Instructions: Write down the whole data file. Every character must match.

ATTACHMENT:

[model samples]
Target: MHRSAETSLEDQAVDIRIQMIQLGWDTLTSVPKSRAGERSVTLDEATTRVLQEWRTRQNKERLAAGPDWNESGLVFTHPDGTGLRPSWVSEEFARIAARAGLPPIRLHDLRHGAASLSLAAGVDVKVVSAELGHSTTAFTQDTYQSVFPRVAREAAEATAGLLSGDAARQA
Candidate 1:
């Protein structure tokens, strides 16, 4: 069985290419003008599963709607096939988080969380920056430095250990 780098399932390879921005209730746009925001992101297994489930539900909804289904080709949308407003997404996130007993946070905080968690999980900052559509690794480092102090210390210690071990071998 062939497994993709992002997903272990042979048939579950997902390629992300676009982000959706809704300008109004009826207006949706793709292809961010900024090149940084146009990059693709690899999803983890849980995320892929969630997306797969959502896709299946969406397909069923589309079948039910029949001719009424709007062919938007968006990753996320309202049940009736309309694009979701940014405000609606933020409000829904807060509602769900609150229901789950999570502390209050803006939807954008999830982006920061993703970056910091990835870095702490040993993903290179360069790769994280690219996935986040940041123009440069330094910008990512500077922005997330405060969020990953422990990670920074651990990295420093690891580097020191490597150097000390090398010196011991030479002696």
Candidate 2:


[model samples]
Target: MHRSAETSLEDQAVDIRIQMIQLGWDTLTSVPKSRAGERSVTLDEATTRVLQEWRTRQNKERLAAGPDWNESGLVFTHPDGTGLRPSWVSEEFARIAARAGLPPIRLHDLRHGAASLSLAAGVDVKVVSAELGHSTTAFTQDTYQSVFPRVAREAAEATAGLLSGDAARQA
Candidate 1:
């Protein structure tokens, strides 16, 4: 069985290419003008599963709607096939988080969380920056430095250990 780098399932390879921005209730746009925001992101297994489930539900909804289904080709949308407003997404996130007993946070905080968690999980900052559509690794480092102090210390210690071990071998 062939497994993709992002997903272990042979048939579950997902390629992300676009982000959706809704300008109004009826207006949706793709292809961010900024090149940084146009990059693709690899999803983890849980995320892929969630997306797969959502896709299946969406397909069923589309079948039910029949001719009424709007062919938007968006990753996320309202049940009736309309694009979701940014405000609606933020409000829904807060509602769900609150229901789950999570502390209050803006939807954008999830982006920061993703970056910091990835870095702490040993993903290179360069790769994280690219996935986040940041123009440069330094910008990512500077922005997330405060969020990953422990990670920074651990990295420093690891580097020191490597150097000390090398010196011991030479002696």
Candidate 2: